The judges are selecting 80 of the best of the best 1000s of young conservatory pianists in the world...hardly mediocre unless one starts comparing the contestants to the greatest pianists in history. If you imagine selecting the top 20 conservatories in the world and choosing 4 pianists from each, I think they'd all be quite sensational.

As far as not being comparable to mature pianists, that may be true for some of the contestants, but the finalists in every Chopin competition have been among the great pianists in the world at that time.

Last edited by pianoloverus; 04/21/15 07:37 AM.
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Originally Posted by Mark_C
But, not only do they love Chopin, they love helping to perpetuate the playing of Chopin, they love excellent and stylistically excellent playing of Chopin (I sometimes call it "the real Polish way" but of course that's a simplification) -- and they love helping more and more people to "get it" and then to be able to contribute to its perpetuation. I don't think most of them become judges in this competition just to judge a competition and pick great winners. I think they feel like every 4 years they're starting sort of a chain letter to foster and perpetuate excellent playing of Chopin.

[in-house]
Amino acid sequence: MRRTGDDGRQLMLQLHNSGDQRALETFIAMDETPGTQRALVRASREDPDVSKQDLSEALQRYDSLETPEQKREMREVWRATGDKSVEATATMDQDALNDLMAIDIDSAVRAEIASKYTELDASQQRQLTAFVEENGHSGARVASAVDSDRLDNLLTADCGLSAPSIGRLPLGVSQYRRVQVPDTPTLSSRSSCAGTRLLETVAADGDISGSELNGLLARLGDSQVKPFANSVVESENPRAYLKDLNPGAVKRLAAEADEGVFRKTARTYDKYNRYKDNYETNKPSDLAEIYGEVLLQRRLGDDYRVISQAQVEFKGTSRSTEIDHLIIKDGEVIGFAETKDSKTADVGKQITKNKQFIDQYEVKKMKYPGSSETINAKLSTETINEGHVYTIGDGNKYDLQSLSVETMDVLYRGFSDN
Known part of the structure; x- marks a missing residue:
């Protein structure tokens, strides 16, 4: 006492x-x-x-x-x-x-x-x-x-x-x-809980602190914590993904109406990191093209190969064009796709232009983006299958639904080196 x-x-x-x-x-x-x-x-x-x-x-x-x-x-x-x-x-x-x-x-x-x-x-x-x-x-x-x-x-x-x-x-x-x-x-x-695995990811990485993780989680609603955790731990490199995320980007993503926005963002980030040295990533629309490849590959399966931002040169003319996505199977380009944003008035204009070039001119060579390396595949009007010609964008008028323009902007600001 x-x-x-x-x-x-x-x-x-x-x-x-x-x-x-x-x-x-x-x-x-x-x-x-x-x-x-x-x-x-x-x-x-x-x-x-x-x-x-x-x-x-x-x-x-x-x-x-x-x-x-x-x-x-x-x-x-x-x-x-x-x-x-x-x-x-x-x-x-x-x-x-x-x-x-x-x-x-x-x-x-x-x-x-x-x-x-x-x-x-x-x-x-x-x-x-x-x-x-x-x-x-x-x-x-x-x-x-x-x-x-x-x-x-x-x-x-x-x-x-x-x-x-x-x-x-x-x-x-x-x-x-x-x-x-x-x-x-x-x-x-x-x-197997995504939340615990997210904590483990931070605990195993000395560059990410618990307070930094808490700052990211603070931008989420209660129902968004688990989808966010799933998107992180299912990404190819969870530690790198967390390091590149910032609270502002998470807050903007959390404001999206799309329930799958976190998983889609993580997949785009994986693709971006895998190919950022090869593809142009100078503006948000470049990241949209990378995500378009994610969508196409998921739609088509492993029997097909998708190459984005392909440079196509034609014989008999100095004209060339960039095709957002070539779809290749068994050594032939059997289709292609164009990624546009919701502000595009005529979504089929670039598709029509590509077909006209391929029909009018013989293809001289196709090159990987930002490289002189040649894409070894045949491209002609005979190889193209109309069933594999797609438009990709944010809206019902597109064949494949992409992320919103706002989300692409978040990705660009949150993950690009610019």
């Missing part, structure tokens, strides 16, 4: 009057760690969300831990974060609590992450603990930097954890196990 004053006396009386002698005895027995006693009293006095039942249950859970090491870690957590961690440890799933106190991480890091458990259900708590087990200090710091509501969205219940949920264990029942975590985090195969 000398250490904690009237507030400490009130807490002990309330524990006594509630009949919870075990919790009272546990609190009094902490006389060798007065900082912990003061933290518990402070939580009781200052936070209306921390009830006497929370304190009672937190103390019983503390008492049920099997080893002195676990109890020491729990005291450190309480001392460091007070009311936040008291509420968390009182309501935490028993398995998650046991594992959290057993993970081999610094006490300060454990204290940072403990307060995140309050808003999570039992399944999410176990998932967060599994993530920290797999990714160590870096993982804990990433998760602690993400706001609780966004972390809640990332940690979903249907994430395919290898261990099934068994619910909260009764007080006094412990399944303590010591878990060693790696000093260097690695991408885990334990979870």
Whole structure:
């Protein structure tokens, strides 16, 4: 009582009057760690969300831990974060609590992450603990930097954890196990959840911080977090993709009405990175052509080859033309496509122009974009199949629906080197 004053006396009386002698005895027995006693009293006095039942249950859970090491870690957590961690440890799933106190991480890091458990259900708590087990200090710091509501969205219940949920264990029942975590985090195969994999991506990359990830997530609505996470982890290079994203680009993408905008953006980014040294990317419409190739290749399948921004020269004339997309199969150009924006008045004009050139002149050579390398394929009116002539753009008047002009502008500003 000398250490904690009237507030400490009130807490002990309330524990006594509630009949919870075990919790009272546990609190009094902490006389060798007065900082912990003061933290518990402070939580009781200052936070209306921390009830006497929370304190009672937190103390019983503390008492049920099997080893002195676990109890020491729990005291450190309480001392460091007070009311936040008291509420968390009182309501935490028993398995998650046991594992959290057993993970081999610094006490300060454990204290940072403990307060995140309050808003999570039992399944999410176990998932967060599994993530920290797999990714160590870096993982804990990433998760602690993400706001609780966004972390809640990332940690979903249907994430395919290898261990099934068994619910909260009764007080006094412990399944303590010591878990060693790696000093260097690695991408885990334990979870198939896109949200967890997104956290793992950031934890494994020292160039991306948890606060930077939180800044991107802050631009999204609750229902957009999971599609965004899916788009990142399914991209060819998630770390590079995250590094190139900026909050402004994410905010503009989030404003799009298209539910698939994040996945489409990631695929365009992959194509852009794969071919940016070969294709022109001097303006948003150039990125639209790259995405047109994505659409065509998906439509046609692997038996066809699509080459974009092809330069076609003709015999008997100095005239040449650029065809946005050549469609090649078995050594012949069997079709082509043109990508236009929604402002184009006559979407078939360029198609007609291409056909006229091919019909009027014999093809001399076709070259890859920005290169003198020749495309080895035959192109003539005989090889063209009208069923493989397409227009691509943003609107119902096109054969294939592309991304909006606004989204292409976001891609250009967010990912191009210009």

Each contestant gets a significant amount of feedback from the judges?

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Originally Posted by pianoloverus
Each contestant gets a significant amount of feedback from the judges?

You're right to raise the question. I don't know but I'm figuring a lot of them do. While I haven't known specifically that it does happen at this event, I've read and heard that it does happen at other major competitions, and it certainly did happen at the amateur editions of this event -- with an apparent emphasis and aim along the lines of what I said.